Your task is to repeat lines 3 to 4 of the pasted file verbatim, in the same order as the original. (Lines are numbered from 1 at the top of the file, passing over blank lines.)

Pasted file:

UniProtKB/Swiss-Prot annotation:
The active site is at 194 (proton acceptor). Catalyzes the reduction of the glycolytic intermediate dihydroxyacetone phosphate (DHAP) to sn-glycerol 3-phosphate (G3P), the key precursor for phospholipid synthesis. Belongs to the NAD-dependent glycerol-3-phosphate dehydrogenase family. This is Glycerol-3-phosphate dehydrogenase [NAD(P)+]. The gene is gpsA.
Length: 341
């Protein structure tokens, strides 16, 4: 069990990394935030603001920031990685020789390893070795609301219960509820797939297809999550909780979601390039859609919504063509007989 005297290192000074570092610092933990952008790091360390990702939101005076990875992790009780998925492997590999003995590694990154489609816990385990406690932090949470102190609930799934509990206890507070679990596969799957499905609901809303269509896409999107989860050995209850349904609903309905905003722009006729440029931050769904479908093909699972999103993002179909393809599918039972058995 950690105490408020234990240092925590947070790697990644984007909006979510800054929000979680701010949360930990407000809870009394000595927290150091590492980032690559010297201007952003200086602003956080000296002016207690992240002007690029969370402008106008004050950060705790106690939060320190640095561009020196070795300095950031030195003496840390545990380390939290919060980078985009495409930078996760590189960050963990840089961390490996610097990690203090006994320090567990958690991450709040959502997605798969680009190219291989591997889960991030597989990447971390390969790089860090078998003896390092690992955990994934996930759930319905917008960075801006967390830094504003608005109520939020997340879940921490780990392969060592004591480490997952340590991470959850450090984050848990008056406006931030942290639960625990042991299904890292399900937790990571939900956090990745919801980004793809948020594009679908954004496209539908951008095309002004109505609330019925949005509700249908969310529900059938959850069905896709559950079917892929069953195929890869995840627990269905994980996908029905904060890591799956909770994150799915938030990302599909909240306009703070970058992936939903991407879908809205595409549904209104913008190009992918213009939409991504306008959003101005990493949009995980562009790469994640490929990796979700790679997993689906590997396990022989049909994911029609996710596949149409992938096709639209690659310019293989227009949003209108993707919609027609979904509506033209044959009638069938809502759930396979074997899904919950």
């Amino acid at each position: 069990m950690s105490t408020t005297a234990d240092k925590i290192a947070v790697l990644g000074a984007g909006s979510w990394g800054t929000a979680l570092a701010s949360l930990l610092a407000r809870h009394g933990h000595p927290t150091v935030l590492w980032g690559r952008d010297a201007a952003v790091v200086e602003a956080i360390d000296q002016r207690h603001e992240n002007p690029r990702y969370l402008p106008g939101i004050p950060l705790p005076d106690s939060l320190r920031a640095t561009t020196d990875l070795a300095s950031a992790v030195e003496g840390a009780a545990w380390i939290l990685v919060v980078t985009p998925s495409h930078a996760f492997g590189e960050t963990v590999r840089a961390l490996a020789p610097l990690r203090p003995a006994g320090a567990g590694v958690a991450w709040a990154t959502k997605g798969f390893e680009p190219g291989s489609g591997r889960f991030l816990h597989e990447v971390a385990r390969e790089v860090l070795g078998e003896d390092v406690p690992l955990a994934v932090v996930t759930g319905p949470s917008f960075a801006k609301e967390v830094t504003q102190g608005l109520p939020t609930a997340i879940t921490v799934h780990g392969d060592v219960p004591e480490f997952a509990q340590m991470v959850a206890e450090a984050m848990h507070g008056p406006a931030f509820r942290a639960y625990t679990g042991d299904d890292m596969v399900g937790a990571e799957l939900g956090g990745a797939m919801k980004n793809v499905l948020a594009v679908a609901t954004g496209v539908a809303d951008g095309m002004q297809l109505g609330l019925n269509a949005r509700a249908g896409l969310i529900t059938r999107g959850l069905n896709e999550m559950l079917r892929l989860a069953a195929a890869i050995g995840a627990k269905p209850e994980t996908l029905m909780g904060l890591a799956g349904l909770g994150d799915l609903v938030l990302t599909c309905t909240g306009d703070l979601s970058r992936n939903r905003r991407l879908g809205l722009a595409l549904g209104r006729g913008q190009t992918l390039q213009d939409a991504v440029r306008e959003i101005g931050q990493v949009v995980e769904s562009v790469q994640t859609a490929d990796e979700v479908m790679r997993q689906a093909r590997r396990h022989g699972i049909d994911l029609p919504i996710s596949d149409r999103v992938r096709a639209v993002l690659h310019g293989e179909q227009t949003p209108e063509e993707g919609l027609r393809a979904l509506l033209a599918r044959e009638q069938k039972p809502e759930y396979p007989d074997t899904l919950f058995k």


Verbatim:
Length: 341
């Protein structure tokens, strides 16, 4: 069990990394935030603001920031990685020789390893070795609301219960509820797939297809999550909780979601390039859609919504063509007989 005297290192000074570092610092933990952008790091360390990702939101005076990875992790009780998925492997590999003995590694990154489609816990385990406690932090949470102190609930799934509990206890507070679990596969799957499905609901809303269509896409999107989860050995209850349904609903309905905003722009006729440029931050769904479908093909699972999103993002179909393809599918039972058995 950690105490408020234990240092925590947070790697990644984007909006979510800054929000979680701010949360930990407000809870009394000595927290150091590492980032690559010297201007952003200086602003956080000296002016207690992240002007690029969370402008106008004050950060705790106690939060320190640095561009020196070795300095950031030195003496840390545990380390939290919060980078985009495409930078996760590189960050963990840089961390490996610097990690203090006994320090567990958690991450709040959502997605798969680009190219291989591997889960991030597989990447971390390969790089860090078998003896390092690992955990994934996930759930319905917008960075801006967390830094504003608005109520939020997340879940921490780990392969060592004591480490997952340590991470959850450090984050848990008056406006931030942290639960625990042991299904890292399900937790990571939900956090990745919801980004793809948020594009679908954004496209539908951008095309002004109505609330019925949005509700249908969310529900059938959850069905896709559950079917892929069953195929890869995840627990269905994980996908029905904060890591799956909770994150799915938030990302599909909240306009703070970058992936939903991407879908809205595409549904209104913008190009992918213009939409991504306008959003101005990493949009995980562009790469994640490929990796979700790679997993689906590997396990022989049909994911029609996710596949149409992938096709639209690659310019293989227009949003209108993707919609027609979904509506033209044959009638069938809502759930396979074997899904919950």